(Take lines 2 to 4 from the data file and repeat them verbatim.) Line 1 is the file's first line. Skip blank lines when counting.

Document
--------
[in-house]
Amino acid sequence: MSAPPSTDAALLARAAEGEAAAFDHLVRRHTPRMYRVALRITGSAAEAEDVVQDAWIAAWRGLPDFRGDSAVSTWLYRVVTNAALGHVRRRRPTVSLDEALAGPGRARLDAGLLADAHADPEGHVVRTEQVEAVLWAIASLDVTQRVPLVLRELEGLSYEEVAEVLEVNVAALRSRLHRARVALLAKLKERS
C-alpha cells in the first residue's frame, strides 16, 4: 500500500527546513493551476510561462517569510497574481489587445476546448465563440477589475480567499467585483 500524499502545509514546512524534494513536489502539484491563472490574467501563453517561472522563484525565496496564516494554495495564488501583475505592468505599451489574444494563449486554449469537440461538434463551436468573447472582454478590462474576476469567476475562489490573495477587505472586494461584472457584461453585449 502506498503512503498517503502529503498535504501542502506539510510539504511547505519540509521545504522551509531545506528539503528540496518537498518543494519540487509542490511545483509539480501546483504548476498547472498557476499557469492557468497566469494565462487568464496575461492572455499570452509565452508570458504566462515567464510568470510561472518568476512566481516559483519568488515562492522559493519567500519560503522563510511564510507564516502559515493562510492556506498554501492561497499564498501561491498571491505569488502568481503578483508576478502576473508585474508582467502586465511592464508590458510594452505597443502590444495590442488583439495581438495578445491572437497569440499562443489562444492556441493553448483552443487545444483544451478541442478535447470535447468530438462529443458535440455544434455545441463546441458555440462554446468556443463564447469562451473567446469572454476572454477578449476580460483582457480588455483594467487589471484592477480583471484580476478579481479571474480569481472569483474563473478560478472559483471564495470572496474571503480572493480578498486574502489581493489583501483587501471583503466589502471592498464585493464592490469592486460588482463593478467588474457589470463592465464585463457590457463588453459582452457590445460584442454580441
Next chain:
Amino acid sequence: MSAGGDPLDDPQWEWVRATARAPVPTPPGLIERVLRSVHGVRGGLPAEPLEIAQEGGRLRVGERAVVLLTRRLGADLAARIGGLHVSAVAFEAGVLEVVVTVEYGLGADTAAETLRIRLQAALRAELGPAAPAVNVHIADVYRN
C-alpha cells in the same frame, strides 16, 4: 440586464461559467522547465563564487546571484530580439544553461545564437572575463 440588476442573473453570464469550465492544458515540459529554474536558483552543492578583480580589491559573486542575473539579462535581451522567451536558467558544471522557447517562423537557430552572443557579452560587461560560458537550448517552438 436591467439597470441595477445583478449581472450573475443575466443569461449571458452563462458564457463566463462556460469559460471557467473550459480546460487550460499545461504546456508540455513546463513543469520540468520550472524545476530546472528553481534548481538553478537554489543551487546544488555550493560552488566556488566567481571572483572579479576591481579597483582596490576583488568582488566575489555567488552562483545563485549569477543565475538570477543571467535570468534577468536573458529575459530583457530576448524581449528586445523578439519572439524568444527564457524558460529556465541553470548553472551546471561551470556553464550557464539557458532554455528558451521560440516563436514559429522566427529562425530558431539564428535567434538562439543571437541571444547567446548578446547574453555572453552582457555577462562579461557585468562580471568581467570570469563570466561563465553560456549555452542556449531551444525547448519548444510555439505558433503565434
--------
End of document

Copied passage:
Amino acid sequence: MSAPPSTDAALLARAAEGEAAAFDHLVRRHTPRMYRVALRITGSAAEAEDVVQDAWIAAWRGLPDFRGDSAVSTWLYRVVTNAALGHVRRRRPTVSLDEALAGPGRARLDAGLLADAHADPEGHVVRTEQVEAVLWAIASLDVTQRVPLVLRELEGLSYEEVAEVLEVNVAALRSRLHRARVALLAKLKERS
C-alpha cells in the first residue's frame, strides 16, 4: 500500500527546513493551476510561462517569510497574481489587445476546448465563440477589475480567499467585483 500524499502545509514546512524534494513536489502539484491563472490574467501563453517561472522563484525565496496564516494554495495564488501583475505592468505599451489574444494563449486554449469537440461538434463551436468573447472582454478590462474576476469567476475562489490573495477587505472586494461584472457584461453585449 502506498503512503498517503502529503498535504501542502506539510510539504511547505519540509521545504522551509531545506528539503528540496518537498518543494519540487509542490511545483509539480501546483504548476498547472498557476499557469492557468497566469494565462487568464496575461492572455499570452509565452508570458504566462515567464510568470510561472518568476512566481516559483519568488515562492522559493519567500519560503522563510511564510507564516502559515493562510492556506498554501492561497499564498501561491498571491505569488502568481503578483508576478502576473508585474508582467502586465511592464508590458510594452505597443502590444495590442488583439495581438495578445491572437497569440499562443489562444492556441493553448483552443487545444483544451478541442478535447470535447468530438462529443458535440455544434455545441463546441458555440462554446468556443463564447469562451473567446469572454476572454477578449476580460483582457480588455483594467487589471484592477480583471484580476478579481479571474480569481472569483474563473478560478472559483471564495470572496474571503480572493480578498486574502489581493489583501483587501471583503466589502471592498464585493464592490469592486460588482463593478467588474457589470463592465464585463457590457463588453459582452457590445460584442454580441
Next chain: